Billie is featured in the 11th issue of Hunger Magazine. You can view outtakes from the magazine in the gallery below.
Episode screencaptures and an episode still from the second season of Scream Queens titled “Warts and All” have been added to the gallery.
Episode screencaptures from Tuesday’s season premiere of Scream Queens have been added to the gallery.
Billie Lourd is one of those actresses that, in the slang of an earlier era, has “moxie” or “spunk.” At just 5’1″, she’s a tiny fireball that instantly fills the room. She laughs warmly while cracking jokes and makes sure everyone around her is at ease. It turns out when your mom is Carrie Fisher, your dad is CAA power agent Bryan Lourd, your grandma is Debbie Reynolds and your grandpa is Eddie Fisher, you learn how to hold your own.
The 24-year-old has made big career moves in a relatively small window of time, appearing alongside her famous mom in a small part in last summer’s Star Wars: The Force Awakens before quickly landing a lead role in Ryan Murphy’s campy primetime bloodfest Scream Queens. Shooting Star Wars was, in fact, her very first time on set and on camera, because her parents had expressly forbidden her from entering the profession until she’d obtained a degree in something else entirely. And so after graduating from NYU’s Gallatin School with a self-designed degree in “Art and Business as Religion,” she nabbed her first role and arrived on the Star Wars set under her mother’s watchful eye. “I walk on set and I’m singing Jersey Boys,” she recalls. “My mom pulled me aside that night and said, ‘You know, it’s really weird that you’re this confident on set. That’s rare. You should do this.'”
With that blessing, she quickly parlayed her way into a meatier reappearance as Lieutenant Connix inStar Wars: Episode VIII, set for release in December 2017, as well as a second season as the droll and deadpan Chanel #3 on Scream Queens. Of this latter role, Lourd says she plans to make her kids watch the show someday, just like her mom once tried to do by placing little Billie on the couch to watch the original Star Wars. “When my kids are pissing me off, I’m gonna be like, ‘Watch Scream Queens,'” she says with a laugh. “Look how cool I was!”
Over the years, television maestro Ryan Murphy has brought some of the most compelling female characters to our screens: Rachel Berry in Glee. The Chanels in Scream Queens. All the astonishing iterations of Jessica Lange in American Horror Story. Now his shows celebrate the women who work behind the camera, too. Earlier this year, Ryan created the Half Foundation, whose mission is to ensure that women — as well as minorities — make up at least 50 percent of the directors on his shows. Billie Lourd, who plays Chanel No. 3 on Scream Queens, recently caught up with the visionary to talk about the foundation, feminism, and the power of females on set. Is his mission working? As it turns out, the end result is even better for everyone involved than he’d imagined.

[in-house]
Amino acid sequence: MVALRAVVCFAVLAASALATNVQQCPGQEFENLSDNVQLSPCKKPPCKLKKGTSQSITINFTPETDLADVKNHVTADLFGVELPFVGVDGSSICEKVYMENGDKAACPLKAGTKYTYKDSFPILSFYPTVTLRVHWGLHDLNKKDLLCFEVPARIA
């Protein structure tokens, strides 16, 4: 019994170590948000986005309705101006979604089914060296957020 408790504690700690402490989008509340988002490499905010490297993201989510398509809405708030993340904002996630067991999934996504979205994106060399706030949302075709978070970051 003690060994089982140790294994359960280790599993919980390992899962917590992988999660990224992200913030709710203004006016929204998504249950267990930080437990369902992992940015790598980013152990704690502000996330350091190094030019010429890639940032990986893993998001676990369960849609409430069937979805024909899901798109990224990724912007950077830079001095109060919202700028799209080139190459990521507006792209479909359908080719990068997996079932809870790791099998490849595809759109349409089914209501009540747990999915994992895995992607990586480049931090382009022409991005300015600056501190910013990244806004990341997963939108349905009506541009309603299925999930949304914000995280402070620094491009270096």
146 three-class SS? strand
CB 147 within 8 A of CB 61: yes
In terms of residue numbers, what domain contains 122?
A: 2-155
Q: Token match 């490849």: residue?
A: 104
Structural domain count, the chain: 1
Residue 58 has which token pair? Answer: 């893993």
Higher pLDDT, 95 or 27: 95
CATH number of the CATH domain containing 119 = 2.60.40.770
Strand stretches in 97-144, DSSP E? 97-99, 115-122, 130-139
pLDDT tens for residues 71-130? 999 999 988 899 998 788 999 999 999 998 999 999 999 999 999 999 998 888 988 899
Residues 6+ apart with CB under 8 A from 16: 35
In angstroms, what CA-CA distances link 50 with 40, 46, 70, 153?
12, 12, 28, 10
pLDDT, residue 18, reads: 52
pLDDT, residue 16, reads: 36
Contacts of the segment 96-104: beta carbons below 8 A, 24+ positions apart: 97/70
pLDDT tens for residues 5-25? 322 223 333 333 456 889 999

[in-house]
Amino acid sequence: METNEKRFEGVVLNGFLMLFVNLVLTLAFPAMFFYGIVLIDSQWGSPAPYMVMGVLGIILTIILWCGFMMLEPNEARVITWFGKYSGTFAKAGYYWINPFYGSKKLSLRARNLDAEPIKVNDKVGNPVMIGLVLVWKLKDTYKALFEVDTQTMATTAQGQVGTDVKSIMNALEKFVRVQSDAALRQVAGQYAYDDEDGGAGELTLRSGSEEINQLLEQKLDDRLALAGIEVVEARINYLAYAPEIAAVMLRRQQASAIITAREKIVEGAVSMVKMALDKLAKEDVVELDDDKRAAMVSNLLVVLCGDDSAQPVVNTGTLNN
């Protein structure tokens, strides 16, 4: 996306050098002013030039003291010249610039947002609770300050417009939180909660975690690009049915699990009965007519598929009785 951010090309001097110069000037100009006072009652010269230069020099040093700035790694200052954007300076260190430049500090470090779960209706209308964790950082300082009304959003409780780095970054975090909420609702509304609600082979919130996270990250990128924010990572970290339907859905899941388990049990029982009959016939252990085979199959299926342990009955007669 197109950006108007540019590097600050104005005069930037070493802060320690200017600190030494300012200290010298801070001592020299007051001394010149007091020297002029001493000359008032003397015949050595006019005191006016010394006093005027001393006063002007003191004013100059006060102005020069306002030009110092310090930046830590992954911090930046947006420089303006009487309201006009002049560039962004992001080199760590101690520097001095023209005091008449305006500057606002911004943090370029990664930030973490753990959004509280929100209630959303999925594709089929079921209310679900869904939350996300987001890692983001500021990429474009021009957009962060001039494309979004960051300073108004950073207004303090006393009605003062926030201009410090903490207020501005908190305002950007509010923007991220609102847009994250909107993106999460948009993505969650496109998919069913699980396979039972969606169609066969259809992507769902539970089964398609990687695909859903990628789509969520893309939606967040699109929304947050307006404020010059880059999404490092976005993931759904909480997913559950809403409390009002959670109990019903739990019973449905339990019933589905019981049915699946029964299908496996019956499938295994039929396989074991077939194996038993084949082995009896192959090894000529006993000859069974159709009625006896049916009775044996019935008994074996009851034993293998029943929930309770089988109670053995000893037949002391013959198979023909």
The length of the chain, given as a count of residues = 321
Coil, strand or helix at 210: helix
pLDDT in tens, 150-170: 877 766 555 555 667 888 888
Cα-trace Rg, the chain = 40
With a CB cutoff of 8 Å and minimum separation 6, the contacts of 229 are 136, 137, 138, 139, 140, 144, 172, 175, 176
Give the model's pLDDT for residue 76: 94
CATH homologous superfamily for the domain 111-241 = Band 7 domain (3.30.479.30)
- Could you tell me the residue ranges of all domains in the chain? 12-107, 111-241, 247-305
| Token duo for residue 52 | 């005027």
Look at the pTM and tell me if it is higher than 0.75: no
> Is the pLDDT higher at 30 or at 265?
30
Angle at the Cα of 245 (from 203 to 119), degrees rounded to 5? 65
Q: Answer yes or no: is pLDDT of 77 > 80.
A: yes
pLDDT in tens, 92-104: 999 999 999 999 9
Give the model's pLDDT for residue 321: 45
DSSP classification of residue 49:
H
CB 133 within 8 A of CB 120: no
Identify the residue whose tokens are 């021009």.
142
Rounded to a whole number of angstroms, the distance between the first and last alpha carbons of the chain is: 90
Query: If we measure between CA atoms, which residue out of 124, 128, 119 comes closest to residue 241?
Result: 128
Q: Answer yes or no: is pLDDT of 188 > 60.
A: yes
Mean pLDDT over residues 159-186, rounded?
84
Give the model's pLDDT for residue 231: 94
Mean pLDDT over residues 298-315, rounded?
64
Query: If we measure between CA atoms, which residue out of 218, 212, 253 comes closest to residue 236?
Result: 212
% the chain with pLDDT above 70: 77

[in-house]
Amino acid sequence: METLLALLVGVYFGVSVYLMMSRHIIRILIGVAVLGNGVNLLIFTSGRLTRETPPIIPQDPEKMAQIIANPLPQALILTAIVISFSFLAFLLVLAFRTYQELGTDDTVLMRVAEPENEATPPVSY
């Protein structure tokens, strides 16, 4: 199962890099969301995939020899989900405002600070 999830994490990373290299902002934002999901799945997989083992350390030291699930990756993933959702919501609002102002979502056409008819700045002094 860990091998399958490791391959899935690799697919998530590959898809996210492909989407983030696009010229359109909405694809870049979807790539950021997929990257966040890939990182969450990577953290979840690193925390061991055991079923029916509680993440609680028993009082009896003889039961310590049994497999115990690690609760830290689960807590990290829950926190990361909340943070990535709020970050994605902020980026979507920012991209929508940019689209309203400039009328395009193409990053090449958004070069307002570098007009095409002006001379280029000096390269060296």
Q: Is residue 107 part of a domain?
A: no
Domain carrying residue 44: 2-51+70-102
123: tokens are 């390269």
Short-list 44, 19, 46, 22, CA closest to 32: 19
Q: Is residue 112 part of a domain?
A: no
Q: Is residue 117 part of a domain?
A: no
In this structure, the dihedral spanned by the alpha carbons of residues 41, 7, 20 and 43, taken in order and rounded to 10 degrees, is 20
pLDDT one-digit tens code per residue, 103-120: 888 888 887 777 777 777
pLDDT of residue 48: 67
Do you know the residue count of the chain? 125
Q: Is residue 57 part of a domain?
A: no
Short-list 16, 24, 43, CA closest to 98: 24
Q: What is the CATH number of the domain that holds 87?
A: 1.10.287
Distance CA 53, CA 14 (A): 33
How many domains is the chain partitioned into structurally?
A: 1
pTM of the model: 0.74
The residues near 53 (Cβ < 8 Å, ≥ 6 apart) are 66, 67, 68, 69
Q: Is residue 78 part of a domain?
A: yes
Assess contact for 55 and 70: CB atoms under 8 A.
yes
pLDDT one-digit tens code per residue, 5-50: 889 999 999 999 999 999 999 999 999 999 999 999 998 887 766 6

Ryan Murphy: Your mother, Carrie Fisher, is known for portraying the iconic Princess Leia in the original Star Wars trilogy, and she is also a huge feminist. What advice did she give you when you were starting acting?
Billie Lourd: She told me to be true, and kind, and confident in yourself. She raised me to not think of men and women as different. She raised me without gender. It’s kind of the reason she named me Billie. It’s not about being a strong woman — it’s about being a strong person. She once told me, “I never sat you down with a credo. It was more about leading by example.”
RM: You come from a family of rule-breakers. You grew up realizing that you can create your own rules. I love that about you. I didn’t have the same experience growing up.
BL: You’re the number one rule-breaker now! I noticed the effects of the Half Foundation before I realized it was happening: There were more female directors coming around. I ended up Googling it and realizing what you had done.
In rural Somerset, where grassy knolls tumble toward the Welsh coastline, there sits a small, flat-topped mesa over six hundred feet tall—Solsbury Hill—it’s on this mound of profundity that eagles fly out of the night, and where fleeting voices may be heard. It’s also the title to actress Billie Lourd’s most recent of obsessions: “I’m really into Peter Gabriel right now. I’m feeling him and ‘Solsbury Hill.’ Is that weird? I wake up to that [song] every morning and it’s like a breath of fresh air.”
It’s a balmy afternoon in Larchmont, L.A., the air less than fresh, and we’ve just walked to a local café to find outdoor seating; a prime people-watching location with a side of conversation. “Like all kids, I grew up wanting to be a neurosurgeon,” Lourd smirks, “But really, genuinely, I found it interesting.”
Obviously and earnestly so, Lourd is not like most kids, as she playfully puts it. The daughter to film icon Carrie Fisher and esteemed Hollywood agent Bryan Lourd, one can assume Lourd’s parents happily welcomed her to the family business. But to assume anything of her and her family would be selling them short.
“I always secretly wanted to act, but my parents didn’t want me to, at all. I went to performing arts camp and lied to them about why I was going. I said I was going to knit,” she laughs. “I made some pretty damn good scarves while being in The Music Man.”